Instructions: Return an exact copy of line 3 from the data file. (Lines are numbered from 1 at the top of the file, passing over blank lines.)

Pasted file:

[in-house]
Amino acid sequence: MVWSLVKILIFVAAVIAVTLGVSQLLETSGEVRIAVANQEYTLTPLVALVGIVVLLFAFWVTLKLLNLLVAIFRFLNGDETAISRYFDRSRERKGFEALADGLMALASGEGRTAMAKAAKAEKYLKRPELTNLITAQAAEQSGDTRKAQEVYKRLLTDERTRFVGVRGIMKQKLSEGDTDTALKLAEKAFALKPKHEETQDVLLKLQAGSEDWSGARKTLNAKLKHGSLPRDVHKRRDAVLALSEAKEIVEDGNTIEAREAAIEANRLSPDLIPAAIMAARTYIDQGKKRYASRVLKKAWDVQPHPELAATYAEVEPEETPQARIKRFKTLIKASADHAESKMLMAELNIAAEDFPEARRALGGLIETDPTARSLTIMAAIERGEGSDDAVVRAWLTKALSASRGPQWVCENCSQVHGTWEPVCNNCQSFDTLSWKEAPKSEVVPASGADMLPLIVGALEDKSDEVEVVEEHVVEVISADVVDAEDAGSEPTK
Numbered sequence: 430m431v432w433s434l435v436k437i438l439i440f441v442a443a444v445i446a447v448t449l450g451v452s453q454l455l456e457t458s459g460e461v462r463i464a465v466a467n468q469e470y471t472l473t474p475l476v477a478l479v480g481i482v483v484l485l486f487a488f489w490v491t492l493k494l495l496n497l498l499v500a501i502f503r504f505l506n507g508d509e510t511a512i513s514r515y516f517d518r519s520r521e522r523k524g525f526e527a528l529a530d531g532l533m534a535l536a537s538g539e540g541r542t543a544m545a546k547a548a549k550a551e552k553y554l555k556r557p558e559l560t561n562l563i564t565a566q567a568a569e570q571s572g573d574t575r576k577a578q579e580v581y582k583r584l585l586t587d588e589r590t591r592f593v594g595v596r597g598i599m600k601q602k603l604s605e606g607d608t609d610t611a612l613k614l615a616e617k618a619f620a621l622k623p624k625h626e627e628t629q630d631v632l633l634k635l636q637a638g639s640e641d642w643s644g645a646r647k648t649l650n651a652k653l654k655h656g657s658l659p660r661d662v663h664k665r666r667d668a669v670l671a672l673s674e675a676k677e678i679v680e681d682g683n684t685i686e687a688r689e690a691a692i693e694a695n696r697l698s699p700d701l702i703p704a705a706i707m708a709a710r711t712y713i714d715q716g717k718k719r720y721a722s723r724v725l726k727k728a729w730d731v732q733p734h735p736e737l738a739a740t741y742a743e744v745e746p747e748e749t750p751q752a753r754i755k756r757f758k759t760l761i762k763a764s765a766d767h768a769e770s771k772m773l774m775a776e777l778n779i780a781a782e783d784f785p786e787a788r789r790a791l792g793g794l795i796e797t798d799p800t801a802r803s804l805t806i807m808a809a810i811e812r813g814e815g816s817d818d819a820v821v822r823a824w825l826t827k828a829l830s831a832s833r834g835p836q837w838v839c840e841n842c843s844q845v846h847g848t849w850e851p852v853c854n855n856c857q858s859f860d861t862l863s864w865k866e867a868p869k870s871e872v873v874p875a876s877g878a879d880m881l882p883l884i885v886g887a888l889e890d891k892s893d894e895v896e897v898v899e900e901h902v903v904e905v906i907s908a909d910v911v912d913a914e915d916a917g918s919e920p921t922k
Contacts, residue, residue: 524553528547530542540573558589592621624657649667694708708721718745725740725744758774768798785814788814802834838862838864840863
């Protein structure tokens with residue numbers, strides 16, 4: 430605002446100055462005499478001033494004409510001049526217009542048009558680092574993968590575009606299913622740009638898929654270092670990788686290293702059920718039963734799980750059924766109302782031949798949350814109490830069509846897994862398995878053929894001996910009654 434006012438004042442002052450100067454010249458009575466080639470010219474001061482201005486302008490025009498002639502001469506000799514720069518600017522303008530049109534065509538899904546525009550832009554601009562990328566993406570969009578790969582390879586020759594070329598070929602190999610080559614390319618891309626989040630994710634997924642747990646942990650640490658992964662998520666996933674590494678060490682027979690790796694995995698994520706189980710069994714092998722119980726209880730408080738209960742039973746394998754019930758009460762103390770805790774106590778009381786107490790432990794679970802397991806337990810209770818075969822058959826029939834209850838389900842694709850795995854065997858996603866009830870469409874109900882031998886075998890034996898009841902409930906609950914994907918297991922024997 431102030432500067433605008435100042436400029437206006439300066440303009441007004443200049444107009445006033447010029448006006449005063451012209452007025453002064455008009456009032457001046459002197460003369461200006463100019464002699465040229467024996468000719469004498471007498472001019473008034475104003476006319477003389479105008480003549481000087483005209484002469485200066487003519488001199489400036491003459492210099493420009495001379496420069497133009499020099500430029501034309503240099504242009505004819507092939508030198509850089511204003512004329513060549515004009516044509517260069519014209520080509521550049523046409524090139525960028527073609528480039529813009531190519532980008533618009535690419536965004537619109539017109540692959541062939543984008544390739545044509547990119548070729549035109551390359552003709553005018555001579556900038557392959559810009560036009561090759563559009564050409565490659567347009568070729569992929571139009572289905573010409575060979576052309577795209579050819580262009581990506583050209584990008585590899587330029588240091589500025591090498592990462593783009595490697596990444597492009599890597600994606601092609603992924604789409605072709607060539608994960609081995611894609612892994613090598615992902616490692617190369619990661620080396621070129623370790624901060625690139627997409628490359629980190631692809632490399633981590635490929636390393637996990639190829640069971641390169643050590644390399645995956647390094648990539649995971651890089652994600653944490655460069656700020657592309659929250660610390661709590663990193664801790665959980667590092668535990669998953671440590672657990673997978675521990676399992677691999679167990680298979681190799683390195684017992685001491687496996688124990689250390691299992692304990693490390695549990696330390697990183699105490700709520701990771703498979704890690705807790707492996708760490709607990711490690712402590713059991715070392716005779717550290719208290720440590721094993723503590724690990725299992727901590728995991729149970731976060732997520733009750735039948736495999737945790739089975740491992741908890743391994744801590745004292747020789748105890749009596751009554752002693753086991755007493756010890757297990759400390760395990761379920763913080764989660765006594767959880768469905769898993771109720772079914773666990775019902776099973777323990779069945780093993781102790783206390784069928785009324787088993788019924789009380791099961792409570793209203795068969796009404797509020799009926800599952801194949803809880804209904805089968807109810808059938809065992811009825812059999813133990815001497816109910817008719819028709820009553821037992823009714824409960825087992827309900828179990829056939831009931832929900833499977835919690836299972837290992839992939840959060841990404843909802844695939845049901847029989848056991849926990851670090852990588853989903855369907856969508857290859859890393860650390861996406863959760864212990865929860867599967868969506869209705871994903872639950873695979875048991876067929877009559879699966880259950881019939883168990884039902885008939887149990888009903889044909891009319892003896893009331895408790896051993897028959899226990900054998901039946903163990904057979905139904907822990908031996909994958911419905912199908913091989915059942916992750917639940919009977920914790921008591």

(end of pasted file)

Numbered sequence: 430m431v432w433s434l435v436k437i438l439i440f441v442a443a444v445i446a447v448t449l450g451v452s453q454l455l456e457t458s459g460e461v462r463i464a465v466a467n468q469e470y471t472l473t474p475l476v477a478l479v480g481i482v483v484l485l486f487a488f489w490v491t492l493k494l495l496n497l498l499v500a501i502f503r504f505l506n507g508d509e510t511a512i513s514r515y516f517d518r519s520r521e522r523k524g525f526e527a528l529a530d531g532l533m534a535l536a537s538g539e540g541r542t543a544m545a546k547a548a549k550a551e552k553y554l555k556r557p558e559l560t561n562l563i564t565a566q567a568a569e570q571s572g573d574t575r576k577a578q579e580v581y582k583r584l585l586t587d588e589r590t591r592f593v594g595v596r597g598i599m600k601q602k603l604s605e606g607d608t609d610t611a612l613k614l615a616e617k618a619f620a621l622k623p624k625h626e627e628t629q630d631v632l633l634k635l636q637a638g639s640e641d642w643s644g645a646r647k648t649l650n651a652k653l654k655h656g657s658l659p660r661d662v663h664k665r666r667d668a669v670l671a672l673s674e675a676k677e678i679v680e681d682g683n684t685i686e687a688r689e690a691a692i693e694a695n696r697l698s699p700d701l702i703p704a705a706i707m708a709a710r711t712y713i714d715q716g717k718k719r720y721a722s723r724v725l726k727k728a729w730d731v732q733p734h735p736e737l738a739a740t741y742a743e744v745e746p747e748e749t750p751q752a753r754i755k756r757f758k759t760l761i762k763a764s765a766d767h768a769e770s771k772m773l774m775a776e777l778n779i780a781a782e783d784f785p786e787a788r789r790a791l792g793g794l795i796e797t798d799p800t801a802r803s804l805t806i807m808a809a810i811e812r813g814e815g816s817d818d819a820v821v822r823a824w825l826t827k828a829l830s831a832s833r834g835p836q837w838v839c840e841n842c843s844q845v846h847g848t849w850e851p852v853c854n855n856c857q858s859f860d861t862l863s864w865k866e867a868p869k870s871e872v873v874p875a876s877g878a879d880m881l882p883l884i885v886g887a888l889e890d891k892s893d894e895v896e897v898v899e900e901h902v903v904e905v906i907s908a909d910v911v912d913a914e915d916a917g918s919e920p921t922k